When the first God of War came out, we didn't know what the franchise would become and where it would go. Our only hints were a series of unlockable videos, which depicted three possible scenarios for future plots: Kratos discovering his father's identity from his mother, the remains of the Titan Cronos being discovered by a modern day excavation team, and the return of Kratos' long-lost twin brother, who was thought to be dead. None of these plots came to pass, and the second game in the series was quite different, but these plot threads continued to linger through later games in the series.
God of War: Ghost of Sparta for the PSP seems to have been birthed to clear up some of those lingering unused ideas. The end result may not be the most satisfying for fans who expect something dramatic and shocking, but answers are answers, and it is as good an excuse as any for more God of War gameplay.
Ghost of Sparta opens not long after the end of the first God of War ended. Kratos has ascended to Olympus as the replacement God of War since the previous one, Ares, was killed at his hands. Kratos is haunted by visions of his mortal life, particularly of his mother, who is hidden away in the city of Atlantis. Kratos tracks her down and discovers that his brother, Deimos, who he thought had been killed as a child, is actually alive. He was spirited away to the realm of Thanatos, the God of Death, in order to avert a prophecy involving the destruction of Olympus. This discovery doesn't make Kratos a very happy individual, and he sets off to rescue his brother from the clutches of Death. Surprisingly, this isn't as easy as a trip to Hades, as the Realm of Thanatos is a land that belongs to the God of Death, so Kratos must find a way to venture to a land where even gods dare not step.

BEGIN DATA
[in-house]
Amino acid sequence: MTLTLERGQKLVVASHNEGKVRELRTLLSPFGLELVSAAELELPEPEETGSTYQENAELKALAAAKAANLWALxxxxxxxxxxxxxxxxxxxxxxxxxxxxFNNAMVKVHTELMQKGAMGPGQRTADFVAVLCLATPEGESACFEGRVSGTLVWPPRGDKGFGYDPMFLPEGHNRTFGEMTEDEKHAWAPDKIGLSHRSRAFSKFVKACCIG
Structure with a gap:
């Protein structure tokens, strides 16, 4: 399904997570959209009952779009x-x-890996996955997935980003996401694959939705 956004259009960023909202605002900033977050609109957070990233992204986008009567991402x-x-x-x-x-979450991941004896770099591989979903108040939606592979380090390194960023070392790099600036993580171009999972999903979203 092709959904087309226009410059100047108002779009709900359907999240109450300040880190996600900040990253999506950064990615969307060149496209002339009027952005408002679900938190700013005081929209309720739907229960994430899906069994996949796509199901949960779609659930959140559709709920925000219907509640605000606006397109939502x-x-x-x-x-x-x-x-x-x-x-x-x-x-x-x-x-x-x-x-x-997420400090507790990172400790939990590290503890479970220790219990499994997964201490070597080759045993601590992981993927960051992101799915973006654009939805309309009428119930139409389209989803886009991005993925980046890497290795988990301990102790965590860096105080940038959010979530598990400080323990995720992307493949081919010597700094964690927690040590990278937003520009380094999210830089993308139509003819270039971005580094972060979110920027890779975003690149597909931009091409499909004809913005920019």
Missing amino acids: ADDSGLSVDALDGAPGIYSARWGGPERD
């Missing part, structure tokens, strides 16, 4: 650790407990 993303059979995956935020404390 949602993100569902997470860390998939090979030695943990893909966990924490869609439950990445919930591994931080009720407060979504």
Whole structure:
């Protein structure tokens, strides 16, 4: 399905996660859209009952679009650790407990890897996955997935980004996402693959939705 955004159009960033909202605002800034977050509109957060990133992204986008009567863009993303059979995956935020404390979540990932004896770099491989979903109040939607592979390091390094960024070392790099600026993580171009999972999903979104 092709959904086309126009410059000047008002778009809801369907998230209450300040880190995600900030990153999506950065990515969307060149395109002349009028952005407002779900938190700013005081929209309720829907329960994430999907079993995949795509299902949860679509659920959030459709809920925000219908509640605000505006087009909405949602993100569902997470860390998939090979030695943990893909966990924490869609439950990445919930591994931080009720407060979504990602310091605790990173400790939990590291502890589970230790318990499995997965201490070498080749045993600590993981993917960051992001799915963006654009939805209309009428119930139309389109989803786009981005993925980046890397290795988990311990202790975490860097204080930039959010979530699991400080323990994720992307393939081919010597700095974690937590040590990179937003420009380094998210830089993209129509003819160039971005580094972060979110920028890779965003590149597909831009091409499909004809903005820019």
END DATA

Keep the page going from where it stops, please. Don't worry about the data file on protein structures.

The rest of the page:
When it comes to the story line, Ghost of Sparta is probably the weakest of the God of War games. The franchise hasn't exactly had deep and meaningful stories, but the plot usually provided a colorful cast of characters and events leading up to Kratos' next inevitable orgy of murder. Between Kratos' discovery that Deimos is alive and finding a way to rescue him, the story kind of meanders along. A brief trip to Sparta is the most interesting part, but I'm hard-pressed to tell you why he went there. Only a handful of mythological figures appear, and they seem to a bit random. Perhaps the biggest disappointment is Deimos, who has perhaps 10 lines in the entire story before his plot comes to an abrupt end. For a character who has been foreshadowed since the first game in the series and whose rescue is the primary motivating favor of this game, he doesn't have much to him.
Ghost of Sparta doesn't make any particularly drastic changes to the God of War formula. A few of the basic gameplay improvements from God of War 3, such as the directional Quick Time Event icons, are carried over to Ghost of Sparta, but that's about the only major change you'll notice to the basic gameplay. The combos, movement and controls translated from the PS3 to the PSP almost perfectly. Due to the PSP's limited controls, dodging is done by holding both shoulder buttons and pressing in a direction. Regardless of how much I played the game, this never stopped feeling awkward. You would rarely dodge if you didn't want to; it's not enough to cause any serious problems, but it can be slightly annoying. Otherwise, the controls are pretty much flawless, and the game is easy to pick up and play if you've ever touched a God of War game.